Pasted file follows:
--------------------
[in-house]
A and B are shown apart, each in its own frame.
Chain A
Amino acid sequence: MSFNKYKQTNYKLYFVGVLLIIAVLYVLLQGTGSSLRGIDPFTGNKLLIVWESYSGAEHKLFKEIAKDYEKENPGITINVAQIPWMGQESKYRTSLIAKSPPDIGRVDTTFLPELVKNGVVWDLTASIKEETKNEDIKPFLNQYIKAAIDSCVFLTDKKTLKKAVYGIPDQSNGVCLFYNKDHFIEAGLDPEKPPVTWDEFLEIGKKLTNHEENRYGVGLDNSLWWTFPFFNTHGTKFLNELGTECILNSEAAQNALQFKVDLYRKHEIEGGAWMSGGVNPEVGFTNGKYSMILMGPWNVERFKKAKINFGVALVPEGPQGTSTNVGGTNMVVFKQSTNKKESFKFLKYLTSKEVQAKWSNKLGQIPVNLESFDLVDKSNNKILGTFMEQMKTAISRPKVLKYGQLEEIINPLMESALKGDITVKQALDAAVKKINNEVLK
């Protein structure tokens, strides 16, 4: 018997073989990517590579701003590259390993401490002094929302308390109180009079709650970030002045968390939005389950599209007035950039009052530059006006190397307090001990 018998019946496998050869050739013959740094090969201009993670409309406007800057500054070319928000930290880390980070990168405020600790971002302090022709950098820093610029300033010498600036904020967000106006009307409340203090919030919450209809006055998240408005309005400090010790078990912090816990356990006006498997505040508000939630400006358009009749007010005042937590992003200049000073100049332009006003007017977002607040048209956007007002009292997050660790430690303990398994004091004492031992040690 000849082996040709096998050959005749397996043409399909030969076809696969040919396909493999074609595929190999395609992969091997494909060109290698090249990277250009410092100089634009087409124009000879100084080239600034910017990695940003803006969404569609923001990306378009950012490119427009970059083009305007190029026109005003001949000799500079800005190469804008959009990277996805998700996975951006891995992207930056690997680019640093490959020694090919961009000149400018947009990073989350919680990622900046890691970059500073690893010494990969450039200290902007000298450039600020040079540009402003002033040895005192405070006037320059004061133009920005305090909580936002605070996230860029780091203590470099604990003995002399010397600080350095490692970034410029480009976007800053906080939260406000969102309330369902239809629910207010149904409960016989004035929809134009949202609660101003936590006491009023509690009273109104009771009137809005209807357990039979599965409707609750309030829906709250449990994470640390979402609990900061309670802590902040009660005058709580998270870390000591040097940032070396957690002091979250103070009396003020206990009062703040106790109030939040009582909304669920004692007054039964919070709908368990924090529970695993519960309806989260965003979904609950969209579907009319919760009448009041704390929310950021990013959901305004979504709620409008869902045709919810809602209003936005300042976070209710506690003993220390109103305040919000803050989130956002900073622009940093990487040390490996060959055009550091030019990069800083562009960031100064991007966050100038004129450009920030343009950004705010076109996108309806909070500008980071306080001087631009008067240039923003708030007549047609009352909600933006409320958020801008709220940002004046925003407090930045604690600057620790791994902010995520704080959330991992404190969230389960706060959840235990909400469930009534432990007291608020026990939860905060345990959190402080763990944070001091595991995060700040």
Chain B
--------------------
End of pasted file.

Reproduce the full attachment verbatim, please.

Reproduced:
[in-house]
A and B are shown apart, each in its own frame.
Chain A
Amino acid sequence: MSFNKYKQTNYKLYFVGVLLIIAVLYVLLQGTGSSLRGIDPFTGNKLLIVWESYSGAEHKLFKEIAKDYEKENPGITINVAQIPWMGQESKYRTSLIAKSPPDIGRVDTTFLPELVKNGVVWDLTASIKEETKNEDIKPFLNQYIKAAIDSCVFLTDKKTLKKAVYGIPDQSNGVCLFYNKDHFIEAGLDPEKPPVTWDEFLEIGKKLTNHEENRYGVGLDNSLWWTFPFFNTHGTKFLNELGTECILNSEAAQNALQFKVDLYRKHEIEGGAWMSGGVNPEVGFTNGKYSMILMGPWNVERFKKAKINFGVALVPEGPQGTSTNVGGTNMVVFKQSTNKKESFKFLKYLTSKEVQAKWSNKLGQIPVNLESFDLVDKSNNKILGTFMEQMKTAISRPKVLKYGQLEEIINPLMESALKGDITVKQALDAAVKKINNEVLK
């Protein structure tokens, strides 16, 4: 018997073989990517590579701003590259390993401490002094929302308390109180009079709650970030002045968390939005389950599209007035950039009052530059006006190397307090001990 018998019946496998050869050739013959740094090969201009993670409309406007800057500054070319928000930290880390980070990168405020600790971002302090022709950098820093610029300033010498600036904020967000106006009307409340203090919030919450209809006055998240408005309005400090010790078990912090816990356990006006498997505040508000939630400006358009009749007010005042937590992003200049000073100049332009006003007017977002607040048209956007007002009292997050660790430690303990398994004091004492031992040690 000849082996040709096998050959005749397996043409399909030969076809696969040919396909493999074609595929190999395609992969091997494909060109290698090249990277250009410092100089634009087409124009000879100084080239600034910017990695940003803006969404569609923001990306378009950012490119427009970059083009305007190029026109005003001949000799500079800005190469804008959009990277996805998700996975951006891995992207930056690997680019640093490959020694090919961009000149400018947009990073989350919680990622900046890691970059500073690893010494990969450039200290902007000298450039600020040079540009402003002033040895005192405070006037320059004061133009920005305090909580936002605070996230860029780091203590470099604990003995002399010397600080350095490692970034410029480009976007800053906080939260406000969102309330369902239809629910207010149904409960016989004035929809134009949202609660101003936590006491009023509690009273109104009771009137809005209807357990039979599965409707609750309030829906709250449990994470640390979402609990900061309670802590902040009660005058709580998270870390000591040097940032070396957690002091979250103070009396003020206990009062703040106790109030939040009582909304669920004692007054039964919070709908368990924090529970695993519960309806989260965003979904609950969209579907009319919760009448009041704390929310950021990013959901305004979504709620409008869902045709919810809602209003936005300042976070209710506690003993220390109103305040919000803050989130956002900073622009940093990487040390490996060959055009550091030019990069800083562009960031100064991007966050100038004129450009920030343009950004705010076109996108309806909070500008980071306080001087631009008067240039923003708030007549047609009352909600933006409320958020801008709220940002004046925003407090930045604690600057620790791994902010995520704080959330991992404190969230389960706060959840235990909400469930009534432990007291608020026990939860905060345990959190402080763990944070001091595991995060700040």
Chain B